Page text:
We are all involved in recycling - card, paper, aluminium cans, plastics (where possible) etc but what do we do about our contact lenses?
Disposable contact lenses are now the most popular type of lenses since their introduction in 1987 and with over 3 million wearers in the UK alone, that’s a lot of potential waste.
Disposable lenses are typically made of silicone-hydrogel, which, like most plastics, does not biodegrade, which makes then unsuitable for compost or recycling. But it’s not all bad news many parts of your contact lens supply are recyclable.
Contact lenses come in various parts
*The delivery box - if like an increasing number of contact lens wearers you buy your contact lenses online
*The contact lens outer box
*The contact Lens blister
*The contact lens
As you can imagine not all of these parts can be recycled the same way, let’s address them individually.
The Delivery box
Many contact lens companies and opticians deliver contact lenses direct to your door, in almost all cases the delivery box is recyclable, simply flatten the delivery box and put it in the recycle container.
Contact lens outer box
Almost all contact lenses have an outer protective box, this has two purposes, it is a great advertising tool reminding you what lenses you are wearing, their Power, Base Curve and Diameter, plus they keep your lenses together whether for 1, 3 or 6 months.
These outer boxes are easy to recycle, just like the delivery box, when you have finished your lenses simply flatten the box and put it in the recycling bin.
Contact lens blister
These hold the lenses themselves and are not so simple, as you are probably aware they consist of two parts, the foil “lid” and the plastic container.
The foil lid, unfortunately, is not currently recyclable, so this part has to be placed in your general waste bin.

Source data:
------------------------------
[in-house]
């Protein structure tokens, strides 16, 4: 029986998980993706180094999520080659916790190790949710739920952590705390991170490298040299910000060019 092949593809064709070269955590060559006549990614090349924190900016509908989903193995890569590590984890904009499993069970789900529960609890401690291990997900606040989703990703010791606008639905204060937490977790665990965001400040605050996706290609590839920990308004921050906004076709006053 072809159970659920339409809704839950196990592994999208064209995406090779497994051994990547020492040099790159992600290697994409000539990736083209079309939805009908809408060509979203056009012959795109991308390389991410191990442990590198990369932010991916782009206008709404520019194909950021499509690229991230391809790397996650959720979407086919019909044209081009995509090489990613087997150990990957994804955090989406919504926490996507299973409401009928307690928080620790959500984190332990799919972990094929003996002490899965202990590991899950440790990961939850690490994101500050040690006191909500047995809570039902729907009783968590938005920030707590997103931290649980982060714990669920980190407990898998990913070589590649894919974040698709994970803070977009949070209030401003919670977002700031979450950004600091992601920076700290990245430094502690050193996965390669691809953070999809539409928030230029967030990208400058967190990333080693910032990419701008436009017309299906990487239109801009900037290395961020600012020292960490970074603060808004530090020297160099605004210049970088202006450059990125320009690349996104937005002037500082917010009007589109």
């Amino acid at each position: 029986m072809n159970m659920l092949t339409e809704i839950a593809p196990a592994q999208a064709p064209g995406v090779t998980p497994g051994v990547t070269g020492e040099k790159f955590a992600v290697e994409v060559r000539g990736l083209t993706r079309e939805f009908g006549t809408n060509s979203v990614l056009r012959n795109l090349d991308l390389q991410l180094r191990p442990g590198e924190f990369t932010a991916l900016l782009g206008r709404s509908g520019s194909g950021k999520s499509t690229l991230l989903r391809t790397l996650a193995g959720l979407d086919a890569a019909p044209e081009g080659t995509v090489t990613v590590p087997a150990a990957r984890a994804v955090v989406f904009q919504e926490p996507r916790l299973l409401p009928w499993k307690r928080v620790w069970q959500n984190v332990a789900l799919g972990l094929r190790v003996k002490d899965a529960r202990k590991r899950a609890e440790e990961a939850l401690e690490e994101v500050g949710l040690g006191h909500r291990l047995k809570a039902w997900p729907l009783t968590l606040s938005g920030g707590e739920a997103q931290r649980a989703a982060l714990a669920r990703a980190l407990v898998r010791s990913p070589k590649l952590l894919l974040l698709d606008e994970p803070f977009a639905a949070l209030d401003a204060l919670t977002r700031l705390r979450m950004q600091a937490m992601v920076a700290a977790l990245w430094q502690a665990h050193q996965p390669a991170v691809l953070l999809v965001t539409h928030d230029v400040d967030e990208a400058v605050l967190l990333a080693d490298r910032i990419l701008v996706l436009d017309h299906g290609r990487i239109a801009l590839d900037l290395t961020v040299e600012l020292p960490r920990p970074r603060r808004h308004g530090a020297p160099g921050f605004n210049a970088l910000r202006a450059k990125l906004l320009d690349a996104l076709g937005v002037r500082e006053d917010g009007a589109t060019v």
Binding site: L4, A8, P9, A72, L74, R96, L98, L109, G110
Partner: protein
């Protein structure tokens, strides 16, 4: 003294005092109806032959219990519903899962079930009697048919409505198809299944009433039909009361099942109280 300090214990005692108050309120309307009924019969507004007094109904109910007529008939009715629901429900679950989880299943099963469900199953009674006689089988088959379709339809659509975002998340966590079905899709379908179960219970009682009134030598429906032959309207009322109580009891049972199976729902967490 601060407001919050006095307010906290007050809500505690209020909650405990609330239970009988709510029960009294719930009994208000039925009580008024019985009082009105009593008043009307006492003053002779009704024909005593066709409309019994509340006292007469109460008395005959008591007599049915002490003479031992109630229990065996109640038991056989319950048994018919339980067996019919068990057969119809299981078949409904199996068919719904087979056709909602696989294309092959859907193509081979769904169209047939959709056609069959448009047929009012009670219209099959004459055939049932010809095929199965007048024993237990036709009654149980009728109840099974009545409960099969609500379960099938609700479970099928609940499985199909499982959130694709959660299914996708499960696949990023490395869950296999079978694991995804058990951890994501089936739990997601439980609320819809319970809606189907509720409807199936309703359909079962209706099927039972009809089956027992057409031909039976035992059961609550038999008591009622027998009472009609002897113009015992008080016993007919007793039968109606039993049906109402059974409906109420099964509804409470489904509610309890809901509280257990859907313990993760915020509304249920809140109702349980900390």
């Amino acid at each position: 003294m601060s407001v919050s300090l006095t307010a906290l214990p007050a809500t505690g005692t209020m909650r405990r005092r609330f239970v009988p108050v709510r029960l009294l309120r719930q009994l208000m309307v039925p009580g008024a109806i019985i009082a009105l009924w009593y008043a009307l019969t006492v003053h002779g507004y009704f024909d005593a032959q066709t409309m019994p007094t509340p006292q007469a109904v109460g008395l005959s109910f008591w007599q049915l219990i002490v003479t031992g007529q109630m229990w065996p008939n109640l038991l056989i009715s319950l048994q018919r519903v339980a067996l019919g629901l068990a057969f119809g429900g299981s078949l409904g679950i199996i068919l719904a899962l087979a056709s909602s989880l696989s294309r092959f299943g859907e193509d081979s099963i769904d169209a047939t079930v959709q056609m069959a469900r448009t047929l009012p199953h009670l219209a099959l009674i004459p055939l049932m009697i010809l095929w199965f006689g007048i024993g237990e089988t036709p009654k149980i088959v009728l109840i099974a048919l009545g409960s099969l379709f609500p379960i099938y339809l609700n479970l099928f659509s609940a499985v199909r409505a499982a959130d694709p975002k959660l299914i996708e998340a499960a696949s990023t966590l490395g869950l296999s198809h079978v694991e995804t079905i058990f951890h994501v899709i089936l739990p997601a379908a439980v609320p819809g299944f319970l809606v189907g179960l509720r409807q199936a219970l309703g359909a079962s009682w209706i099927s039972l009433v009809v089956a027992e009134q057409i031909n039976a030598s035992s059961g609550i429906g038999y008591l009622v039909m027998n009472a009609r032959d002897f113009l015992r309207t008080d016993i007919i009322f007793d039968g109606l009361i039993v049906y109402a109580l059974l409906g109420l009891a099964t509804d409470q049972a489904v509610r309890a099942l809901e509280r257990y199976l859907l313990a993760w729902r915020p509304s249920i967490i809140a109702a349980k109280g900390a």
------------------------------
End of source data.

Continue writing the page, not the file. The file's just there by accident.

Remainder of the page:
If you look very closely at the plastic blister you will see the recycle logo with pp05 or pp5 this means the plastic container is made of Polypropylene (PP) which is one of the safer kinds of plastics. It is increasingly getting acceptable in curbside recycling programmes. If in doubt check with your local recyclers.
For US and Australian contact lens wearers Bausch and Lomb and TerraCycle run the One by One recycling programme, whereby you can send Bausch and Lomb any brand of contact lens blisters free of charge and they will recycle them for you.
Scientists are currently working on a soy-based biodegradable contact lens, but that technology is still a few years away. In the meantime, we are stuck with the silicone/hydrogel lenses, these are currently not recyclable.
In an effort to reduce plastic pollution, researchers in the US have been investigating the final journey made by disposable contact lenses.The study found that approximately 15-20 percent of contact lens wearers in the US dispose of their contact lenses down the sink or toilet.
Researchers tested 11 types of contact lenses and found that while some of the intact lenses are trapped by filters in sewage treatment plants, lenses can fragment into tiny particles which slip through the filters, and contribute to the microplastics already floating around in the world’s oceans.
Disposable contact lenses should be disposed of in the general waste bin and not down the toilet or sink.
So are contact lenses recyclable?
Yes and No.
You can definitely recycle much of the contact lens packaging but unfortunately not the lenses themselves.
What can you do to reduce contact lens waste?
It’s been said you could switch to two weekly or monthly lenses, however, when researchers at Johnson and Johnson looked at daily disposables, which don't require cleaning, and monthly disposables, which are cleaned and stored at night requiring, solution bottles and storage cases they found that A pair of daily disposable contact lenses worn 365 days per year produces 1kg of waste annually, comparatively, reusable contact lenses plus care solutions produced 0.84kg of packaging waste yearly. So not a huge difference.
Switching to glasses does not necessarily save the environment with some studies suggesting the raw material in a pair of glasses can be equivalent to 4 years worth of daily disposable lenses,however on average people wear glasses for over 2 years before replacing them. If you are looking at switching to glasses look out for environmentally friendly companies such as greeneyewear who use environmentally friendly acetates in their frames.
Practical ways to reduce the impact of your contact lenses on the environment
*DO Recycle the cardboard - flatten boxes and place in recycle bin
*DO Recycle the plastic - collect your plastic blisters in a jar in the bathroom ad recycle in your plastic recycle bin
*DO Dispose of the foil lid in general waste
*DO Dispose of contact lenses in the general waste
*DON’T Dispose of old contact lenses down the toilet or drain